File Photo: Demonstrators face a row a police officers in Tunis, Tuesday, Jan. 26, 2021. AP
It was the latest rally opposing President Kais Saied's July 25 decision to sack the government, suspend parliament and seize an array of powers, citing an "imminent threat" to the country -- birthplace of the Arab Spring uprisings against autocracy.
Protesters shouted, "The people want to bring down the coup d'etat" and branded the president an "agent of colonialism", AFP correspondents reported.
Some carried signs reading "No to the intimidation of the media" and demanding "an independent judicial authority".
On September 22, Saied suspended parts of the constitution and installed rule by decree, maintaining full control of the judiciary as well as powers to sack ministers and issue laws.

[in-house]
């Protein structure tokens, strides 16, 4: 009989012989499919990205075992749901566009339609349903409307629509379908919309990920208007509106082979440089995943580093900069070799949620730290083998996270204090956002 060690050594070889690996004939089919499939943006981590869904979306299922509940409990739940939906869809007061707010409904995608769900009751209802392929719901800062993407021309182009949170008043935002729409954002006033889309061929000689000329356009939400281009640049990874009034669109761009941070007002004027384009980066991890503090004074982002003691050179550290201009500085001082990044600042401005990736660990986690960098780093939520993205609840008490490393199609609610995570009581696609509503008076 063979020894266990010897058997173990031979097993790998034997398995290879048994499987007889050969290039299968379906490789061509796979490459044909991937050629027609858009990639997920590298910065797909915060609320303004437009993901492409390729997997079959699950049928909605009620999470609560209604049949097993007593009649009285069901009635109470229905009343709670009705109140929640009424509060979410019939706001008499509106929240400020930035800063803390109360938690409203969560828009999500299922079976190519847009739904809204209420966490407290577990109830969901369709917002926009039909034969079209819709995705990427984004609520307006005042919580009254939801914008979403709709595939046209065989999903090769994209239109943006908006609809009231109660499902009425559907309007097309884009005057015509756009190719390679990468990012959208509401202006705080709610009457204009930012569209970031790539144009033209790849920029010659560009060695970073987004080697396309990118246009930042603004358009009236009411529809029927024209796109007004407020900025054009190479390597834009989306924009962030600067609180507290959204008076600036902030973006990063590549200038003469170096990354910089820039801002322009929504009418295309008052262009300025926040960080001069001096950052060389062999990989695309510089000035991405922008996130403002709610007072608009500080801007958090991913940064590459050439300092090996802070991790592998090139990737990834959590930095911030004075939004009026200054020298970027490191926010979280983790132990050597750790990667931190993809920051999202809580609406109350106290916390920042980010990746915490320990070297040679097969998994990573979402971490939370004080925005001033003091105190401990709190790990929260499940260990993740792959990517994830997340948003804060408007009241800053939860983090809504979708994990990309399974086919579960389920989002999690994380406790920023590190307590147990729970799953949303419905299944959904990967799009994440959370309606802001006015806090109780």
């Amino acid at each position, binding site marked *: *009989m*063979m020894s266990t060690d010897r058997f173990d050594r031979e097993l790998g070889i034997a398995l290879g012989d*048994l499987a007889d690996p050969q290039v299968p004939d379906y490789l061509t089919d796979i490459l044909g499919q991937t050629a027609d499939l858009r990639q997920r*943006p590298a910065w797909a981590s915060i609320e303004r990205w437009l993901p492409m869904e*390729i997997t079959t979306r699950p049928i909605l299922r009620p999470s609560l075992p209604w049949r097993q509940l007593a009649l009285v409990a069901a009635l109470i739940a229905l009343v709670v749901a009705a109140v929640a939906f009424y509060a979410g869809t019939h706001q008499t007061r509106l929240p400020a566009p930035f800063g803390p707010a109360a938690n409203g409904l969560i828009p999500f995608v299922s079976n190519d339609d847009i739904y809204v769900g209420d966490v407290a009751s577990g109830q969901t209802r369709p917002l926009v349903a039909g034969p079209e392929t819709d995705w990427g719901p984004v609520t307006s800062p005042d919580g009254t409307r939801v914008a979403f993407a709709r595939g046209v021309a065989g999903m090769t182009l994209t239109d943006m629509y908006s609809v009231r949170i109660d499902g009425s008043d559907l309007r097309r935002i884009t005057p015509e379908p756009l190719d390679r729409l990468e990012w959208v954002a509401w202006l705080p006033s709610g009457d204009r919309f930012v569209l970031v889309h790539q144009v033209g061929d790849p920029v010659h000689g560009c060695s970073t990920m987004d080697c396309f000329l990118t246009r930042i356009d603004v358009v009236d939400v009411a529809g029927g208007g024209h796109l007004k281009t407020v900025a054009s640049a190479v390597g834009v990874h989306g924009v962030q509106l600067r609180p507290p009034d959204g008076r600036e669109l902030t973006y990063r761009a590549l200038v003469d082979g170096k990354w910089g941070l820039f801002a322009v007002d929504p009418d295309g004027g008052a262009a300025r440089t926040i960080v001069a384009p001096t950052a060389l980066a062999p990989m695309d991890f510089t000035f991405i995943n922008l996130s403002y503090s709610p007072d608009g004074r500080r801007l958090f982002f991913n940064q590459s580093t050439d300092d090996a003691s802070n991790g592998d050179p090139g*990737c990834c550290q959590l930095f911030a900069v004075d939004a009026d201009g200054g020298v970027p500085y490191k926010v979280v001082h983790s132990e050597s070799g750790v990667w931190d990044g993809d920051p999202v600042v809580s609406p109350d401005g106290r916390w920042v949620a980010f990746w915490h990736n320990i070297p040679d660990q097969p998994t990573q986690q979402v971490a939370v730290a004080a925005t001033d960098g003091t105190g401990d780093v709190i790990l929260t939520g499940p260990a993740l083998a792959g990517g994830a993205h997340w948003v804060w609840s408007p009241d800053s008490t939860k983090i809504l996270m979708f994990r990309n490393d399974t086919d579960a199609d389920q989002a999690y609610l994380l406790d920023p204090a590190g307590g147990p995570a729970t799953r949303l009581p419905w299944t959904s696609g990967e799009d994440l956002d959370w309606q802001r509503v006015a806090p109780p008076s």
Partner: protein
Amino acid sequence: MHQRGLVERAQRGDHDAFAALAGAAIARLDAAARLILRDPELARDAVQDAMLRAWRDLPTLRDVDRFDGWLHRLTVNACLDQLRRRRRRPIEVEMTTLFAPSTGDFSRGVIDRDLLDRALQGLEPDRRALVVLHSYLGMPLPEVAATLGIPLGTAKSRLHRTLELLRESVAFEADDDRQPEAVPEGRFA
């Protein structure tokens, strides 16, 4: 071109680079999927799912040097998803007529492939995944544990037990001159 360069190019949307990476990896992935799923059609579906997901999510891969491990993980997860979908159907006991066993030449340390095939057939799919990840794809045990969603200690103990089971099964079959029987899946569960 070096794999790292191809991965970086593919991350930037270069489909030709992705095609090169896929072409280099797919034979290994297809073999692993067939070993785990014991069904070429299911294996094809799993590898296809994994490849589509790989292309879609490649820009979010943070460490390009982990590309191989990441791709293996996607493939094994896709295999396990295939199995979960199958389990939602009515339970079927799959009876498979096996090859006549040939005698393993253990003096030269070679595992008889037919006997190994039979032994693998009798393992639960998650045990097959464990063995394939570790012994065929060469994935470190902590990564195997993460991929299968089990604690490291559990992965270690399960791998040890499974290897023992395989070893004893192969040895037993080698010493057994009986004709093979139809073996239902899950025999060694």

He appointed a new government in October, with Najla Bouden as the North African country's first female prime minister.
But he has significantly pared back the powers of her office and will technically head the administration himself.
Saied, who was elected in late 2019, made his shock move amid a socio-economic crisis aggravated by the Covid-19 pandemic.
Some of his opponents have accused him of seeking a new dictatorship, a decade after Tunisia's 2011 revolt that overthrew dictator Zine El Abidine Ben Ali.
But the president's supporters say his moves were needed after years of deadlock among political parties seen as corrupt and self-serving.